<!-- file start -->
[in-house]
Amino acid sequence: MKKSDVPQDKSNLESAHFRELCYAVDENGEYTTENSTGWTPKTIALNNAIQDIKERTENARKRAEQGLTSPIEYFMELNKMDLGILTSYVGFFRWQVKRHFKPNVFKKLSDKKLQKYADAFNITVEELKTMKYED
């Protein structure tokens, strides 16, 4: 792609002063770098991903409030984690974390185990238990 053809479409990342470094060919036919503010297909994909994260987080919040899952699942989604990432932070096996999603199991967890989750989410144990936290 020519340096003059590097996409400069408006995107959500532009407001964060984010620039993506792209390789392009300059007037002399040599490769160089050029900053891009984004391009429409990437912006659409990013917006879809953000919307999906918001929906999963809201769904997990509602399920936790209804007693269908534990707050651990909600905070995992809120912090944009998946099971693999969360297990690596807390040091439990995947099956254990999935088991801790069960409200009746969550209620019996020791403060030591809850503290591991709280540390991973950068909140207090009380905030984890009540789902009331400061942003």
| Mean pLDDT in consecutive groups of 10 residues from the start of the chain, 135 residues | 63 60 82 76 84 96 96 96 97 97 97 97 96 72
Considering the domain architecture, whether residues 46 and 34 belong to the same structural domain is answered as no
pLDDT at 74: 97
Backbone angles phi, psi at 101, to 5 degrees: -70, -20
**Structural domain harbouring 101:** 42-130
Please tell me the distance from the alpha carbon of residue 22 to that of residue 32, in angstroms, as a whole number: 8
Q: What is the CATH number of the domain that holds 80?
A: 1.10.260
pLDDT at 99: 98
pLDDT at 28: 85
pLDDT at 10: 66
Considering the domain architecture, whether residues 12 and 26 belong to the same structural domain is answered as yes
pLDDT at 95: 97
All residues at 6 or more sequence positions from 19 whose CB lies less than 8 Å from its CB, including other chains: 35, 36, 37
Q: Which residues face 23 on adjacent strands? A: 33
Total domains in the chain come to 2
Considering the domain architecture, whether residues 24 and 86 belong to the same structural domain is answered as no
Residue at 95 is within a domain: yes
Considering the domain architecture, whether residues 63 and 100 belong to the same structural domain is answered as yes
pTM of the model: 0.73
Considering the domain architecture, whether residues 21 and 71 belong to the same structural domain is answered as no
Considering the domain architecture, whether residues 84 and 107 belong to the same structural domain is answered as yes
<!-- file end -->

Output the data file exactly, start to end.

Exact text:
[in-house]
Amino acid sequence: MKKSDVPQDKSNLESAHFRELCYAVDENGEYTTENSTGWTPKTIALNNAIQDIKERTENARKRAEQGLTSPIEYFMELNKMDLGILTSYVGFFRWQVKRHFKPNVFKKLSDKKLQKYADAFNITVEELKTMKYED
């Protein structure tokens, strides 16, 4: 792609002063770098991903409030984690974390185990238990 053809479409990342470094060919036919503010297909994909994260987080919040899952699942989604990432932070096996999603199991967890989750989410144990936290 020519340096003059590097996409400069408006995107959500532009407001964060984010620039993506792209390789392009300059007037002399040599490769160089050029900053891009984004391009429409990437912006659409990013917006879809953000919307999906918001929906999963809201769904997990509602399920936790209804007693269908534990707050651990909600905070995992809120912090944009998946099971693999969360297990690596807390040091439990995947099956254990999935088991801790069960409200009746969550209620019996020791403060030591809850503290591991709280540390991973950068909140207090009380905030984890009540789902009331400061942003």
| Mean pLDDT in consecutive groups of 10 residues from the start of the chain, 135 residues | 63 60 82 76 84 96 96 96 97 97 97 97 96 72
Considering the domain architecture, whether residues 46 and 34 belong to the same structural domain is answered as no
pLDDT at 74: 97
Backbone angles phi, psi at 101, to 5 degrees: -70, -20
**Structural domain harbouring 101:** 42-130
Please tell me the distance from the alpha carbon of residue 22 to that of residue 32, in angstroms, as a whole number: 8
Q: What is the CATH number of the domain that holds 80?
A: 1.10.260
pLDDT at 99: 98
pLDDT at 28: 85
pLDDT at 10: 66
Considering the domain architecture, whether residues 12 and 26 belong to the same structural domain is answered as yes
pLDDT at 95: 97
All residues at 6 or more sequence positions from 19 whose CB lies less than 8 Å from its CB, including other chains: 35, 36, 37
Q: Which residues face 23 on adjacent strands? A: 33
Total domains in the chain come to 2
Considering the domain architecture, whether residues 24 and 86 belong to the same structural domain is answered as no
Residue at 95 is within a domain: yes
Considering the domain architecture, whether residues 63 and 100 belong to the same structural domain is answered as yes
pTM of the model: 0.73
Considering the domain architecture, whether residues 21 and 71 belong to the same structural domain is answered as no
Considering the domain architecture, whether residues 84 and 107 belong to the same structural domain is answered as yes